Composting in Cincinnati
When it comes to composting, community-scale initiatives play an essential role in benefitting our communities and soils. As composting infrastructure and support grows, a multi-scaled approach helps ensure we are building a resilient, equitable system. Cincinnati is positioned to do just that.
In 2021, the City of Cincinnati received a USDA Community Composting grant, with the goal of building infrastructure for composting food scraps at community sites across Cincinnati. The Common Orchard Project has been a key partner in implementing this project. Check out our work below and learn how to get involved!
Community Composting Sites
Our composting work with garden and community sites around Cincinnati has been inspired by the Johnson-Su Bioreactors built at the Walnut Hills Community Gardens.
We have iterated on this original bioreactor design to implement no-turn, aerated composting systems that work with the needs and limitations of gardens. Through this model, we support gardens with supplies, materials (including food scraps), and implementation, to compost up to a ton of material all at once. This system requires no ongoing maintenance and yields up to a yard of quality compost in a year's time - all for the garden to use.
This system can also be set up as a food scrap drop-off program. Offered to the community and gradually filled over time, it's a great way to connect people to the garden and redirect food waste into food resource all at once.
Interested in building a bioreactor or setting up a compost drop-off at your garden or community site? We'd love to talk! Fill out our interest form to get started!
Composting at Camp Washington Perennial Farm
The composting program at Camp Washington Perennial Farm is just one partner in a broader city initiative to develop community composting sites around Cincinnati.
At full capacity, the compost program at Camp Washington Perennial Farm can take in up to 6,000 pounds of food scraps per week, producing 600 yards per year of highly valuable compost to be used on our site and other urban farm initiatives in the city.
The CO2 emissions reduced through this program are equivalent to removing 626 gasoline-powered vehicles from the road for a whole year.
Residential Compost Drop-off
Sign up for our free, residential compost program, and help create healthy soil while diverting your organics from the landfill. Our drop-off bin is accessible 24/7, and is located at the gate entrance of Camp Washington Perennial Farm.
To begin composting and receive the bin code, complete our sign up form.
We accept the following items for compost:
grains (bread, rice, oats, etc.)
coffee grounds and coffee filters
house plant clippings and old houseplant soil
cut flowers (with no paint, ribbon, or other decoration)
As we are a small-scale composting operation, these items are the only ones we are currently able to process. If you are unsure if something falls under the categories on this list, please reach out to us and ask! When in doubt, leave it out.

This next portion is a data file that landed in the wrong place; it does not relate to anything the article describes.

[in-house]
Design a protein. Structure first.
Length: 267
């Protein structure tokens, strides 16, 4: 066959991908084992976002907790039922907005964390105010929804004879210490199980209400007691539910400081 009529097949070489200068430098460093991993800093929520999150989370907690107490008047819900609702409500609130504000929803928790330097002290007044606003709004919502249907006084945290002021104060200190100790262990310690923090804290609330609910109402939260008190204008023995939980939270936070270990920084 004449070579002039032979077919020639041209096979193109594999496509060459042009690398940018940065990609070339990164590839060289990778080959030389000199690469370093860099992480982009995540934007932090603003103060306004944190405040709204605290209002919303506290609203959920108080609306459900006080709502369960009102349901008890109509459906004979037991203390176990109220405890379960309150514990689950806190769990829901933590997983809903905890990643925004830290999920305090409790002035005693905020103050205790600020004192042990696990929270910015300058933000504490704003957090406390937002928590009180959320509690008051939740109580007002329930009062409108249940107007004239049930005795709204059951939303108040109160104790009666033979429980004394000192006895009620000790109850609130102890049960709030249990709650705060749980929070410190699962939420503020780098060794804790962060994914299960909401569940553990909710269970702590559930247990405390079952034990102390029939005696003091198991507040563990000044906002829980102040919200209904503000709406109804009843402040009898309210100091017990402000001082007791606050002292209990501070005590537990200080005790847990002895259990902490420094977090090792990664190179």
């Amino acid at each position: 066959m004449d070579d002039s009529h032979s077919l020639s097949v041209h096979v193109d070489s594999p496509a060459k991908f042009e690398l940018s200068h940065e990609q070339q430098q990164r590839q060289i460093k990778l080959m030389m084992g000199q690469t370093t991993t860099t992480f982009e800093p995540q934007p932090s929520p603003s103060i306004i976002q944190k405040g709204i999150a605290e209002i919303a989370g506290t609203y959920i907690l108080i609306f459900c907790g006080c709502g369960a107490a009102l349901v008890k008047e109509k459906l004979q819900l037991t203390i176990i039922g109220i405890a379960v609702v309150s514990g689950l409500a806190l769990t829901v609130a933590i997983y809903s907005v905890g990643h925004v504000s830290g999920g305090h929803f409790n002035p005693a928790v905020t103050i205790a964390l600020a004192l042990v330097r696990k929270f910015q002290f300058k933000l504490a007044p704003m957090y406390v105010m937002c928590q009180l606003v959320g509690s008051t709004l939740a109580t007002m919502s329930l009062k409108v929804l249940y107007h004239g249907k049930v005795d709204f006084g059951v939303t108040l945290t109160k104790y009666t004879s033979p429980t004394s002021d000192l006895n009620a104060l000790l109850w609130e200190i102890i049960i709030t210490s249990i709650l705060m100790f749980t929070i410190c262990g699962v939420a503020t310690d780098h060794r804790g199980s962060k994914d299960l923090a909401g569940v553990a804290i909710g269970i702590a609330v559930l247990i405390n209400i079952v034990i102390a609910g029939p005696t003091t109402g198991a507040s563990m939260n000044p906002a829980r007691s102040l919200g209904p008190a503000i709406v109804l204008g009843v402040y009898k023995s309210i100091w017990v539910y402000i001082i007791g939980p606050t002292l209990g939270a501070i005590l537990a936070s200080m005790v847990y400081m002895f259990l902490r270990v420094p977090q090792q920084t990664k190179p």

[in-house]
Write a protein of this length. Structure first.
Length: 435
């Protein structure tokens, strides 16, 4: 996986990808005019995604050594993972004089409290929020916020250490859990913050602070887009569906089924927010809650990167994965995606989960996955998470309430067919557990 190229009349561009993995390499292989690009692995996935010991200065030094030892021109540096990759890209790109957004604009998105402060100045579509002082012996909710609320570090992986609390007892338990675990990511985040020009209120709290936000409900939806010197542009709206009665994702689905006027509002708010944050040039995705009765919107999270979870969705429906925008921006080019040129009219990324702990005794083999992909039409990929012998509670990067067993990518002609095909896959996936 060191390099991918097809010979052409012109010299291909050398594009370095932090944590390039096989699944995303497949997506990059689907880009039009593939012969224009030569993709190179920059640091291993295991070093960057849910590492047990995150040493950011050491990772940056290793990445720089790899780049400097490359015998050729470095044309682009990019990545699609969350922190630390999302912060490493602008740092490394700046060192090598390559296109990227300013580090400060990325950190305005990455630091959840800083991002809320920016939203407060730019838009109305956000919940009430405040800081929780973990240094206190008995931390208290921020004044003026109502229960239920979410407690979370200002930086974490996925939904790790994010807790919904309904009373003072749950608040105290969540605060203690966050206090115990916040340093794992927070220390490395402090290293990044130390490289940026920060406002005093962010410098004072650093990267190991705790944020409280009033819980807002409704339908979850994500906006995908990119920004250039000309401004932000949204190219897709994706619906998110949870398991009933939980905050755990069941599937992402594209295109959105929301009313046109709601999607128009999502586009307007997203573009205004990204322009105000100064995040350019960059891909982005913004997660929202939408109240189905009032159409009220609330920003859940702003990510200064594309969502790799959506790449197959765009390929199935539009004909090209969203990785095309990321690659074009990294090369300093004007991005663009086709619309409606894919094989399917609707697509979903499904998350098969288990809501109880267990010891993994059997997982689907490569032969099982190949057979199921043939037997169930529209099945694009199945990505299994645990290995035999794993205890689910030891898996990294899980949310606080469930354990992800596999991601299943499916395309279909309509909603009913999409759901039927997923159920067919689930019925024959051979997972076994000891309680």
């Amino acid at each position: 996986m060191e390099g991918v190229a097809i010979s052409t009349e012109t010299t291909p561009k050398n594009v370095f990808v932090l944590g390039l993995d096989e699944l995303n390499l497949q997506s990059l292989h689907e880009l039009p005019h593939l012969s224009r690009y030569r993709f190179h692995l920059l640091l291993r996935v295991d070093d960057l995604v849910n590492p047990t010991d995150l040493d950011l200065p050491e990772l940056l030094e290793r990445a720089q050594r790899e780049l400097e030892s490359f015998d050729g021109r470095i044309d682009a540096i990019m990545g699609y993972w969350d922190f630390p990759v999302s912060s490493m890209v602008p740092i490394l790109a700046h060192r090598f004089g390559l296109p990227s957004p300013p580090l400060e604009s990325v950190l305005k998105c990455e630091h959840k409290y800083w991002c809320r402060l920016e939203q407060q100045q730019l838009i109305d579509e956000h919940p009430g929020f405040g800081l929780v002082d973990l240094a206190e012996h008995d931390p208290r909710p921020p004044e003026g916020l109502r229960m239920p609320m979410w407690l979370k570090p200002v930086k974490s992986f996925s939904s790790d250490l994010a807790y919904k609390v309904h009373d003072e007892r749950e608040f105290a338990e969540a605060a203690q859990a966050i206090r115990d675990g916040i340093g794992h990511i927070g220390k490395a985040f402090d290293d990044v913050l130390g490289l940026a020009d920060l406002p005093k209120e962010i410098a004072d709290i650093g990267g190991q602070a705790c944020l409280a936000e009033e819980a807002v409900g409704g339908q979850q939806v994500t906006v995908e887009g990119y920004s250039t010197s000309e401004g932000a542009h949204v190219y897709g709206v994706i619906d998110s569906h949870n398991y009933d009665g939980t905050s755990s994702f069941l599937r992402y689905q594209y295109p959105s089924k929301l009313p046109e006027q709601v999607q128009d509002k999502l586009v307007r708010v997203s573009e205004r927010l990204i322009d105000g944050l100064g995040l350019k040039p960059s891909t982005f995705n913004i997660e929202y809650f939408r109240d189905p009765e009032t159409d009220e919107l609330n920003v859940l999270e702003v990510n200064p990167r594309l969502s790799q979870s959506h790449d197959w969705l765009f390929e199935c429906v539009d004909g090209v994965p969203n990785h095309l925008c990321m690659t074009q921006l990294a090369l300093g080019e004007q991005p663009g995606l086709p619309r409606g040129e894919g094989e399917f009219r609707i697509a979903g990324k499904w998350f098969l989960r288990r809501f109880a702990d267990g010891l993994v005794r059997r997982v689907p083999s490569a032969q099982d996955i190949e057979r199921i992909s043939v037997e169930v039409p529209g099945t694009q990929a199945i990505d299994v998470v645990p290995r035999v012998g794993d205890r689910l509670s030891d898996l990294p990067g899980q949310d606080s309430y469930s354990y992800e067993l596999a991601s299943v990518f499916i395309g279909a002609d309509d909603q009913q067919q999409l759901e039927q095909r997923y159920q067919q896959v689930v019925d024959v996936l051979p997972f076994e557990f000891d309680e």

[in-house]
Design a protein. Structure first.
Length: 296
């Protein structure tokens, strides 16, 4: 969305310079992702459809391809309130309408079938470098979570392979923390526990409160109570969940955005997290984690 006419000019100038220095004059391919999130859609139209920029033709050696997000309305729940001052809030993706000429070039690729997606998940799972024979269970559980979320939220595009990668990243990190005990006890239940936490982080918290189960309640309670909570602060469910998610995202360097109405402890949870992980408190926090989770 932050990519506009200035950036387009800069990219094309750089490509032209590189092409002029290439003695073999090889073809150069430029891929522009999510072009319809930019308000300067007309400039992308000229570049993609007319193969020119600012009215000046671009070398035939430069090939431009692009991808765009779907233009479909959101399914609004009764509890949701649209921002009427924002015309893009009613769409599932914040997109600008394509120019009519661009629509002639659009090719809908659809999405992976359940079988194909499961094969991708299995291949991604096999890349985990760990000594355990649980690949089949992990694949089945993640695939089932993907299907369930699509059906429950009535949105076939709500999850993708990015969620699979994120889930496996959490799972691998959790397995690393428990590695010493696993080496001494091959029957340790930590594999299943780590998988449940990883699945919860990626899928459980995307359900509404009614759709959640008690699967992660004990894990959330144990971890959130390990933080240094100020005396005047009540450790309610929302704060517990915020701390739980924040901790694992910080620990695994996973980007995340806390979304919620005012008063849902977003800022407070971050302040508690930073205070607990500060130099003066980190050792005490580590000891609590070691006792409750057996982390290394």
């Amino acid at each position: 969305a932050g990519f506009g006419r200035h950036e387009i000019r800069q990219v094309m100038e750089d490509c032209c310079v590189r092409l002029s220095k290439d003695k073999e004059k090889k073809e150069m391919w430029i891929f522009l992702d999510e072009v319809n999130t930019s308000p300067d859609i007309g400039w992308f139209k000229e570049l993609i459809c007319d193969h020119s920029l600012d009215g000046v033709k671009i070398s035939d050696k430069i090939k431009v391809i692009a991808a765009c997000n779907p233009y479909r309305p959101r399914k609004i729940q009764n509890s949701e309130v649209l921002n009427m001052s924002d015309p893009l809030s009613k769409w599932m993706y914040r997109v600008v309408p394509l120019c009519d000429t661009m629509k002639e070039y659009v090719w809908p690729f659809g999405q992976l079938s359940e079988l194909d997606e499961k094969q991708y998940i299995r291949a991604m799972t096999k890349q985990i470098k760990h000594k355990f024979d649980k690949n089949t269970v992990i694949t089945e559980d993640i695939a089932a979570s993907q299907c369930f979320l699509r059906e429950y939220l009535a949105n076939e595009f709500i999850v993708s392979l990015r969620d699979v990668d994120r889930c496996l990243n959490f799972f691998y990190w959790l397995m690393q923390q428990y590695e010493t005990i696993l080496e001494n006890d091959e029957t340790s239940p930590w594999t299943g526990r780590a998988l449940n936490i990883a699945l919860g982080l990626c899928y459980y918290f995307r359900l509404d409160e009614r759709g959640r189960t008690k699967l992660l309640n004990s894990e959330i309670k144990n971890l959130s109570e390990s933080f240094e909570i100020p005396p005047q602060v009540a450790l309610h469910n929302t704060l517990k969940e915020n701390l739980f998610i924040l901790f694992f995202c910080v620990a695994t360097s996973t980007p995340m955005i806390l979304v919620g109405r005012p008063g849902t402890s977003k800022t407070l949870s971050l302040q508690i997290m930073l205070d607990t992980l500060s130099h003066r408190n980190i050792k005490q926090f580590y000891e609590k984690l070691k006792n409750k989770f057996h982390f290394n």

Did you know that there is a whole living community in the soil? Bacteria and fungi break down organic matter in the soil, helping release nutrients for plants to use. Food scraps are a very nutrient-dense resource. By composting our food scraps, we are working with the microorganisms to return these nutrients to the soil. This system creates a circular nutrient economy, where the food scraps we didn’t eat get turned into the food we grow!
In Hamilton County, 30% of what goes to the landfill could be composted. Which means we are throwing away an energy-rich resource, all when we don’t have to!
Meanwhile, in the landfill, compostable material breaks down anaerobically, a process that releases methane. Methane is a greenhouse gas even more harmful to our atmosphere than carbon dioxide. By sending our food scraps to the landfill, we’re contributing to the effects of climate change.
Choosing to compost not only returns nutrients to the soil, but also helps plants grow stronger, prevents soil erosion, and sequesters carbon. All while reducing what gets sent to the landfill. It’s just the right thing to do!
We work with a number of different people and organizations to get this program up and running. The City of Cincinnati received a USDA grant to set up community composting initiatives around town, including supporting the beginning stages of our program. We’ve also partnered with Queen City Commons to receive and compost the food scraps they collect.
We’d love to expand on our partnerships! If you have larger volumes of food scraps and a way to get it to us, we’re also looking for other partners as we grow. Reach out to Marie at email@example.com, to learn more about how we could compost your food scraps.
Specifically through our drop-off program, we do not currently have capacity to accept large volumes of food scraps, such as those from businesses, restaurants, food pantries, etc. If you are interested in dropping off large volumes, contact us directly. If you are interested in having your food scraps picked up to be composted with us, check out our partner Queen City Commons. You can also find other available services in Cincinnati.